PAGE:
LISP - My Personal NBL

November 23, 2007

Practical Common Ruby

In the not to distant past I considered myself a "Java" programmer. For my job, I programmed in Java, although I knew and used some other languages to varying degrees, including Perl, PHP, Python and JavaScript. I started to learn Ruby due to all the hype Rails was getting. I really liked Ruby and now program in Ruby almost exclusively, so I suppose I can drop the "Java" from my informal title. I don't think I'll ever call myself a "Ruby" programmer because one of the many things I have learned while learning Ruby is that learning different languages makes you a better programmer in general. You learn new techniques that you can apply to programming in almost any language.

So throughout my career I expect to continue learn other languages. A few that are on my horizon for now are Smalltalk, C/C++, Haskell, Erlang and maybe dive a bit deeper into Python, but for now those are all on the back burner. A few years ago I was programming in Java in my day job and learning Ruby in my spare time. Now I'm programming in Ruby in my day job and learning Lisp in my spare time.

There are several reason for wanting to learn Lisp, but I would say Paul Graham is definitely at the top of that list. I read his book Hackers and Painters and I suggest you do as well. The book is actually a collection of essays, most of which you can read online:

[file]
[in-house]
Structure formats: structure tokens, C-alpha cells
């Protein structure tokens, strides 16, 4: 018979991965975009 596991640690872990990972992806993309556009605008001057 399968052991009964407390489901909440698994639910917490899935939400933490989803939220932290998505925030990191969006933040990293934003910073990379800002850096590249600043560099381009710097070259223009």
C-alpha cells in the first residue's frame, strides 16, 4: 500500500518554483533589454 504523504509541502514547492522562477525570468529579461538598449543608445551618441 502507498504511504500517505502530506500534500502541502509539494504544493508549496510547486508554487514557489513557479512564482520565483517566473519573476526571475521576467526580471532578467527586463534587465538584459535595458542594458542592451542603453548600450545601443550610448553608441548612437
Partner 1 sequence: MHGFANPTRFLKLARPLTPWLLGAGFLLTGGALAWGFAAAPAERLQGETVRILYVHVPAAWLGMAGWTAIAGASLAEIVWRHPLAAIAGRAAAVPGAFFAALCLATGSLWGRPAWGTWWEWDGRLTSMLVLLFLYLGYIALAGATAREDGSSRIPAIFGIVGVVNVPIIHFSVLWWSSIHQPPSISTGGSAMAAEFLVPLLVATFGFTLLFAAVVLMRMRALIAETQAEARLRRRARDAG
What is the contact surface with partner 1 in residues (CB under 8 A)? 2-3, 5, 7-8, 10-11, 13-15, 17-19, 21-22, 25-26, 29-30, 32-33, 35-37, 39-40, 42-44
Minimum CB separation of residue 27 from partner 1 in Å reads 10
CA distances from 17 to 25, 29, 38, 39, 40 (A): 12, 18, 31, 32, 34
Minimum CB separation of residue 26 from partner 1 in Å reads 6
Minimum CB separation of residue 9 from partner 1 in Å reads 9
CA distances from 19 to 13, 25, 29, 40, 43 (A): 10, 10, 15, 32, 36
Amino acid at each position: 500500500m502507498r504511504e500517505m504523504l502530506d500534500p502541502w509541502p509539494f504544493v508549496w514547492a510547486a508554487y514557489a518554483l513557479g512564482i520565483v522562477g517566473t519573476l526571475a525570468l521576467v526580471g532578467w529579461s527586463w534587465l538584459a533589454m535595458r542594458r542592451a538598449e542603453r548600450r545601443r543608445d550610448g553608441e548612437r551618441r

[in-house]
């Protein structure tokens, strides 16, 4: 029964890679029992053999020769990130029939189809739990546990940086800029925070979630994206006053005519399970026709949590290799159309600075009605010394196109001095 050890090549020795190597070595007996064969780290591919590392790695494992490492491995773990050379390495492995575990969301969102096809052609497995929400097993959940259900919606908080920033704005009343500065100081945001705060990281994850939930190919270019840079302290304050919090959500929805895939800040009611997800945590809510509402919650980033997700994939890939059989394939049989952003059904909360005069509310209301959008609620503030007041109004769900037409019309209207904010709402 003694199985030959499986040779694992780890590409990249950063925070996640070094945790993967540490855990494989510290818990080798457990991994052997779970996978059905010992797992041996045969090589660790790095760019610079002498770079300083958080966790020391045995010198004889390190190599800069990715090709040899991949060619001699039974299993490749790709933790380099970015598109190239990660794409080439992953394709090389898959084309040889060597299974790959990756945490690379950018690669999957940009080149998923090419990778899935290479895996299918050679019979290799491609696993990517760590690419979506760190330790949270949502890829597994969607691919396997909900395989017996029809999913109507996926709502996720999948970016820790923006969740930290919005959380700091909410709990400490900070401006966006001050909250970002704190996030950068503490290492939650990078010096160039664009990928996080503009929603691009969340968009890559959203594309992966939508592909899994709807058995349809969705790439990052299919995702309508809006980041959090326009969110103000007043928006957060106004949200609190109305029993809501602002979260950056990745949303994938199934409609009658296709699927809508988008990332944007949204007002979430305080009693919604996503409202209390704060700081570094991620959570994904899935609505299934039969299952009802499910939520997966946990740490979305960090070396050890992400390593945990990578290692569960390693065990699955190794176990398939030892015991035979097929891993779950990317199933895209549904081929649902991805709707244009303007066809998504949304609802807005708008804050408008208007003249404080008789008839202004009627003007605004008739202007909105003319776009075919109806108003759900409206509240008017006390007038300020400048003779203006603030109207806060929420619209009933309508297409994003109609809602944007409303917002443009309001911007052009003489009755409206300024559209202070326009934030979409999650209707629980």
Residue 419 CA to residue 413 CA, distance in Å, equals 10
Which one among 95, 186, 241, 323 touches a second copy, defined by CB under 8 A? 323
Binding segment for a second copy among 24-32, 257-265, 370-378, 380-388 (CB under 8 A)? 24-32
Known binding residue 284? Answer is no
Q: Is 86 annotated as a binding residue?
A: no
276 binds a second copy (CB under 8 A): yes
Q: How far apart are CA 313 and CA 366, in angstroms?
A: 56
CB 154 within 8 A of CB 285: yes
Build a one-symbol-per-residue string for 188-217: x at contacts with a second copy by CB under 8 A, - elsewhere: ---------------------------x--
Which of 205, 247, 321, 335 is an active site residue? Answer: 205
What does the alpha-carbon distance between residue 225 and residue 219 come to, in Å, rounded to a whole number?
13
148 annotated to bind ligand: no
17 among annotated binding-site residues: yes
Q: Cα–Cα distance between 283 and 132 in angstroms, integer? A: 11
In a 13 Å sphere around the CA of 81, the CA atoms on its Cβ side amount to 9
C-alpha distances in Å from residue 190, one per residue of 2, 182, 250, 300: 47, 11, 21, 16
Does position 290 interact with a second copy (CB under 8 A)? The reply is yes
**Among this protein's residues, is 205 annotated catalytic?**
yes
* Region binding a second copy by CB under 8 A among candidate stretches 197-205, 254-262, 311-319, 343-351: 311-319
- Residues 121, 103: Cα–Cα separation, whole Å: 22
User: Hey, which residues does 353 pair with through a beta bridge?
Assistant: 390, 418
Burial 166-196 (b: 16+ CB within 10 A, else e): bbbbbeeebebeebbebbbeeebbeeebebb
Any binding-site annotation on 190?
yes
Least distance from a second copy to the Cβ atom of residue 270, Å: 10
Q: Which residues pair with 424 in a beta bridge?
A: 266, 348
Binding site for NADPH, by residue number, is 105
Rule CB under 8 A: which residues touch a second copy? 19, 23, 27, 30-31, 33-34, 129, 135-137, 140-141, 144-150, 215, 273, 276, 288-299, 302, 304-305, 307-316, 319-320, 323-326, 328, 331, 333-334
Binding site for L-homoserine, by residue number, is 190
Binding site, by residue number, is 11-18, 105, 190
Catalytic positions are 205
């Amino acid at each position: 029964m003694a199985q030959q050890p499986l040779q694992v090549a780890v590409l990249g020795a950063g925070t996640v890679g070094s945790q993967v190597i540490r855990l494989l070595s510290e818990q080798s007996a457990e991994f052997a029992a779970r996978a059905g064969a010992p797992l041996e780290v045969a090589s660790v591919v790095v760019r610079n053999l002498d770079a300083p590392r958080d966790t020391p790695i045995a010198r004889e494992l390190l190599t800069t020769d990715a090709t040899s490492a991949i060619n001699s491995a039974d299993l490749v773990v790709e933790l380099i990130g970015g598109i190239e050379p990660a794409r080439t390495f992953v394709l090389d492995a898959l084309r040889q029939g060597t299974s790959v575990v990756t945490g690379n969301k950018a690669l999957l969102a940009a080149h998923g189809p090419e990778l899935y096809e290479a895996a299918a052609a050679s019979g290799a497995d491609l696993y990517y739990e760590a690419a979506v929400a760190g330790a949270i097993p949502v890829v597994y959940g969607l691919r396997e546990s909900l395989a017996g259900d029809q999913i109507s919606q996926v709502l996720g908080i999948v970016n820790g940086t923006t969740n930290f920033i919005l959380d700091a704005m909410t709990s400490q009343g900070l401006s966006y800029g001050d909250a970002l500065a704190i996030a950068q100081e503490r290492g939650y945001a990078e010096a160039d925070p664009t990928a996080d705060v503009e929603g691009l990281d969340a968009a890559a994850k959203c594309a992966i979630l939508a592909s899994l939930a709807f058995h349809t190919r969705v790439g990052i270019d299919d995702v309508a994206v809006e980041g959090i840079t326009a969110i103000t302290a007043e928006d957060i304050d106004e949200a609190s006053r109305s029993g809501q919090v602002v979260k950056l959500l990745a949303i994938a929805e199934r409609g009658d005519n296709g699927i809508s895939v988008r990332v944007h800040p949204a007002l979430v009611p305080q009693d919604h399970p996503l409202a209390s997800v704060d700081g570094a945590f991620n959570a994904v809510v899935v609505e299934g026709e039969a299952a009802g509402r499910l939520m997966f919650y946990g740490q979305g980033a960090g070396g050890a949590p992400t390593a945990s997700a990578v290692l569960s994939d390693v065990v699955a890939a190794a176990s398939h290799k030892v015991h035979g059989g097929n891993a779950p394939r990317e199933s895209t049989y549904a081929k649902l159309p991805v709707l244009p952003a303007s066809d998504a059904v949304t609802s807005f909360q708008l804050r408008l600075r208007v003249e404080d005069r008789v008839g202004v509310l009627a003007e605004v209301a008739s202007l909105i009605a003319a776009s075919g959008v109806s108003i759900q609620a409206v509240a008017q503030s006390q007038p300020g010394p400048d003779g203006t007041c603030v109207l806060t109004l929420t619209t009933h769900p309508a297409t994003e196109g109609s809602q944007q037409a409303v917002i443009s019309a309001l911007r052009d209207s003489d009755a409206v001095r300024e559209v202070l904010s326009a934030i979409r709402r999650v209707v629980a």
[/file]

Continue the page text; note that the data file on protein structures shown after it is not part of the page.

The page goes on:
1. Why Nerds Are Unpopular
  2. Hackers and Painter
  3. What You Can't Say
  4. Good Bad Attitude
  5. The Other Road Ahead
  6. How to Make Wealth
  7. Mind the Gap
  8. A Plan for Spam
  9. Taste for Makers
  10. Programming Languages Explained
  11. The Hundred-Year Language
  12. Beating the Averages
  13. Revenge of the Nerds
  14. The Dream Language
  15. Design and Research

It looks like there are some good free online resources for learning Lisp. I'm gonna start with Practical Common Lisp, and I've also been going through Structure and Interpretation of Computer Programs. It is a computer programming course that is available online. The book is here and videos of the lectures are here.

Posted in Technology | Tags Lisp

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